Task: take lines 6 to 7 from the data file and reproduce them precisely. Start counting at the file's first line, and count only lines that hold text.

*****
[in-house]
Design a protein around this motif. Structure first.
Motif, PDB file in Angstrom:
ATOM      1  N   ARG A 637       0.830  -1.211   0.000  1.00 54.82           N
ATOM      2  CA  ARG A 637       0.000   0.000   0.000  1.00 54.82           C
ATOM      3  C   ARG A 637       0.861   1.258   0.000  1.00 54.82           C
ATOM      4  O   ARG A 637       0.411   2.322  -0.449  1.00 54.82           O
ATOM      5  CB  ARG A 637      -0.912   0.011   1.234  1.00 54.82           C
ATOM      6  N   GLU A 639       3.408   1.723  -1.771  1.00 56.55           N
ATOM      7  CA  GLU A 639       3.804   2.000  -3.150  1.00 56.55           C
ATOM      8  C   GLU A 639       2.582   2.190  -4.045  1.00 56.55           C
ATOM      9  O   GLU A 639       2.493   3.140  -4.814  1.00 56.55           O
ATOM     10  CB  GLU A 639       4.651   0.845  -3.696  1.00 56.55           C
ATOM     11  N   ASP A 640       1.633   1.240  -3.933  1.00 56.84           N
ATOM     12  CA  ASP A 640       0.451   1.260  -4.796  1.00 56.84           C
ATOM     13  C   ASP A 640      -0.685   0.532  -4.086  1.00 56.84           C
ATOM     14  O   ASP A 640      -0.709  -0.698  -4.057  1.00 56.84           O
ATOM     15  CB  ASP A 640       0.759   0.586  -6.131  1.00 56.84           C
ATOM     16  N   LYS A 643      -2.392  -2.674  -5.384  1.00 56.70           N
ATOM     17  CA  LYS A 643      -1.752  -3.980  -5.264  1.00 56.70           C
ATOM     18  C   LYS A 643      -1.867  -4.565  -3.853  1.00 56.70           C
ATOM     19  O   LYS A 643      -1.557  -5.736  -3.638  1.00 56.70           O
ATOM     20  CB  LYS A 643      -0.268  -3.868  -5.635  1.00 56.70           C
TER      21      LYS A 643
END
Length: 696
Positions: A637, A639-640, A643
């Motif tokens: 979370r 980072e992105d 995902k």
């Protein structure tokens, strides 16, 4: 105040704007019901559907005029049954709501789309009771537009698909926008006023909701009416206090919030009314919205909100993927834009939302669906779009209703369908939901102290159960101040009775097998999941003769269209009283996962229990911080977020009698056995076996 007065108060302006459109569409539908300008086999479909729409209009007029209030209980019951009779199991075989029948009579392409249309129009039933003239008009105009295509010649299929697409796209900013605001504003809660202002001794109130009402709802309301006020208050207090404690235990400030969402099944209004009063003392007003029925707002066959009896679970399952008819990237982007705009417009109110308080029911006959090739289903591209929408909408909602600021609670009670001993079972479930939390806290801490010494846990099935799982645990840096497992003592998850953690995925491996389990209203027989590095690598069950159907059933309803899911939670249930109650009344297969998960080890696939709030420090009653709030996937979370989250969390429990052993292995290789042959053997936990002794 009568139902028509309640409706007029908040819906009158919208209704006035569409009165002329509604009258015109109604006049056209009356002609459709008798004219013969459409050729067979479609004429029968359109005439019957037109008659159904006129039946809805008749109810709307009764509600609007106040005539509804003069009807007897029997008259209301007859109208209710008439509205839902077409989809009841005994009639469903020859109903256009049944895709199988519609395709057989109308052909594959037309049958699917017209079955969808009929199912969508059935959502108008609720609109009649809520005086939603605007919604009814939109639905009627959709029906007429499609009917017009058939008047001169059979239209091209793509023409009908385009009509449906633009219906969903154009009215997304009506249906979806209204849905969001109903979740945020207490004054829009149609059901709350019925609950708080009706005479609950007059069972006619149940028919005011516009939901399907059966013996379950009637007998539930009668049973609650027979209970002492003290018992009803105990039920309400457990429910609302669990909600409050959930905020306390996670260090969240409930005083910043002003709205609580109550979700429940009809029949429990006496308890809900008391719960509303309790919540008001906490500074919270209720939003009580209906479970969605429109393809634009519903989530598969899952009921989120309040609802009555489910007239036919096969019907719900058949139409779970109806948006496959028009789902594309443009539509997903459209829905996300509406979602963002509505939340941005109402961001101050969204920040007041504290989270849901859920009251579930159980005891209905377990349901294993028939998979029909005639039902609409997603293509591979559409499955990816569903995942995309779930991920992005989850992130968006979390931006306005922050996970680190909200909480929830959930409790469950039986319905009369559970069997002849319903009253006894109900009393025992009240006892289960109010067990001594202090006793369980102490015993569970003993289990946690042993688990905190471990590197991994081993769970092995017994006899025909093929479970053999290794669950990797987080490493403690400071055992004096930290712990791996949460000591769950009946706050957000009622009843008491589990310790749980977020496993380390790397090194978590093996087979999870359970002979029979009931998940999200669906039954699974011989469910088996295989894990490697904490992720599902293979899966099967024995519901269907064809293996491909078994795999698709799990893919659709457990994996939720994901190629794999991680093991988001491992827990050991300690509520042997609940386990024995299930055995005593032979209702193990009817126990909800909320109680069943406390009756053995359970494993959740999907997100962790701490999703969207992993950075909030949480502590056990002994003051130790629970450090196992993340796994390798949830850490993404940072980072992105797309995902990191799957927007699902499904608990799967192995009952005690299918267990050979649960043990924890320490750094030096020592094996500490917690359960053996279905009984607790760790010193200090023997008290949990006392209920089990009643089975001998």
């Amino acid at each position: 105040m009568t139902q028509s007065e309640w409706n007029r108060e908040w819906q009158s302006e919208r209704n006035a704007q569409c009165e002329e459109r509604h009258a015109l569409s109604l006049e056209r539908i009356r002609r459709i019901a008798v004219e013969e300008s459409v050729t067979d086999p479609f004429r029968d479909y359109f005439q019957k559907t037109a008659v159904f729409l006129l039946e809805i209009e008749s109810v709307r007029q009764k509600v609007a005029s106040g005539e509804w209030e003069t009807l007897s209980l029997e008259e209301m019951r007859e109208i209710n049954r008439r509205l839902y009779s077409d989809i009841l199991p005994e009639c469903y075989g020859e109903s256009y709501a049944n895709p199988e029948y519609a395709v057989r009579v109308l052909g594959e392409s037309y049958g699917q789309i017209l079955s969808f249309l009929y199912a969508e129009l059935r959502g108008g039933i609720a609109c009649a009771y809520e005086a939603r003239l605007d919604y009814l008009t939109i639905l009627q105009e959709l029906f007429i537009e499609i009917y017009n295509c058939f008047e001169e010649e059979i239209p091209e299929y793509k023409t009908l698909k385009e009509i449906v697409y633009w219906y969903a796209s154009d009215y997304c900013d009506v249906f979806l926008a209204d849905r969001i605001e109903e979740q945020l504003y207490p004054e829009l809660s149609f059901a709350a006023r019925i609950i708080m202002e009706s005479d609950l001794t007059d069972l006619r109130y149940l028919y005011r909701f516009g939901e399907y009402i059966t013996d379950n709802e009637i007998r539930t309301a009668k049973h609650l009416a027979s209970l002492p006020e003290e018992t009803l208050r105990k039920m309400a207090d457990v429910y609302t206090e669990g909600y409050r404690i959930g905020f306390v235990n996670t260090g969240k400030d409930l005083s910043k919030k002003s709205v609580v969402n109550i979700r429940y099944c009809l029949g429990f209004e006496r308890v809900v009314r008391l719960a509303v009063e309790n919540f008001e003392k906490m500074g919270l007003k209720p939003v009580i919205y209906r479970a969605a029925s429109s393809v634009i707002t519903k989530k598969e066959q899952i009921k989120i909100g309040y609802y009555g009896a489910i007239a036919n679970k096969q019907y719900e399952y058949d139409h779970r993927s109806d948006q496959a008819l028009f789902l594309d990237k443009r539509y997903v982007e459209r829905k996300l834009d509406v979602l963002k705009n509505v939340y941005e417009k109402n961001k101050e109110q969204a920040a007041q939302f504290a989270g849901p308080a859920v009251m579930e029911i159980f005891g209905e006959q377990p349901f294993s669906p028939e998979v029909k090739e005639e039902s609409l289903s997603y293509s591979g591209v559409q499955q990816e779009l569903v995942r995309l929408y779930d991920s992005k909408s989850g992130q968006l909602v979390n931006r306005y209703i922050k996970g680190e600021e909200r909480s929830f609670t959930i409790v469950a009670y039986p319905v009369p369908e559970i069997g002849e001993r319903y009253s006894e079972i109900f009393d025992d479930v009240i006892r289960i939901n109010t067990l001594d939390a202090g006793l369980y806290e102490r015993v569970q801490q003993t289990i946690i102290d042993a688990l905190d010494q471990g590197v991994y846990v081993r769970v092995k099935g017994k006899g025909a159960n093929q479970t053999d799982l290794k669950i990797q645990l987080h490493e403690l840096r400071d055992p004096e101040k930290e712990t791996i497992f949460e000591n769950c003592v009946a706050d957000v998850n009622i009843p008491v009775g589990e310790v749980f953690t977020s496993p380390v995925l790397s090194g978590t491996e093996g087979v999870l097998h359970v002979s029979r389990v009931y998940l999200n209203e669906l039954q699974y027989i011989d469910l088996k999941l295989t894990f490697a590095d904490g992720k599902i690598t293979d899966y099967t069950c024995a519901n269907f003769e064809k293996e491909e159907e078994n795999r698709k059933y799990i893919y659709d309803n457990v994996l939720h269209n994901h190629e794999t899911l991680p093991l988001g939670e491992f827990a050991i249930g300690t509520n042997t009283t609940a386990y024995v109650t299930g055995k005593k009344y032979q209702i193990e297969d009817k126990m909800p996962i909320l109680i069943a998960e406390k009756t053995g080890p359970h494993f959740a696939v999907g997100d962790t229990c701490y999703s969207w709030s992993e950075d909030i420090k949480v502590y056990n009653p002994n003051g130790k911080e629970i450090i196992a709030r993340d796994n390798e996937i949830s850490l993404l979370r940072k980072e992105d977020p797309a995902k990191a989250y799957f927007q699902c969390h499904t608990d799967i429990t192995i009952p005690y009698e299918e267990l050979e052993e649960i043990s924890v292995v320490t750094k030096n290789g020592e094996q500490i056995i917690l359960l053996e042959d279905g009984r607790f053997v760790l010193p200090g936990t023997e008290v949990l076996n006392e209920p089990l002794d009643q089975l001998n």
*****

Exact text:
ATOM      3  C   ARG A 637       0.861   1.258   0.000  1.00 54.82           C
ATOM      4  O   ARG A 637       0.411   2.322  -0.449  1.00 54.82           O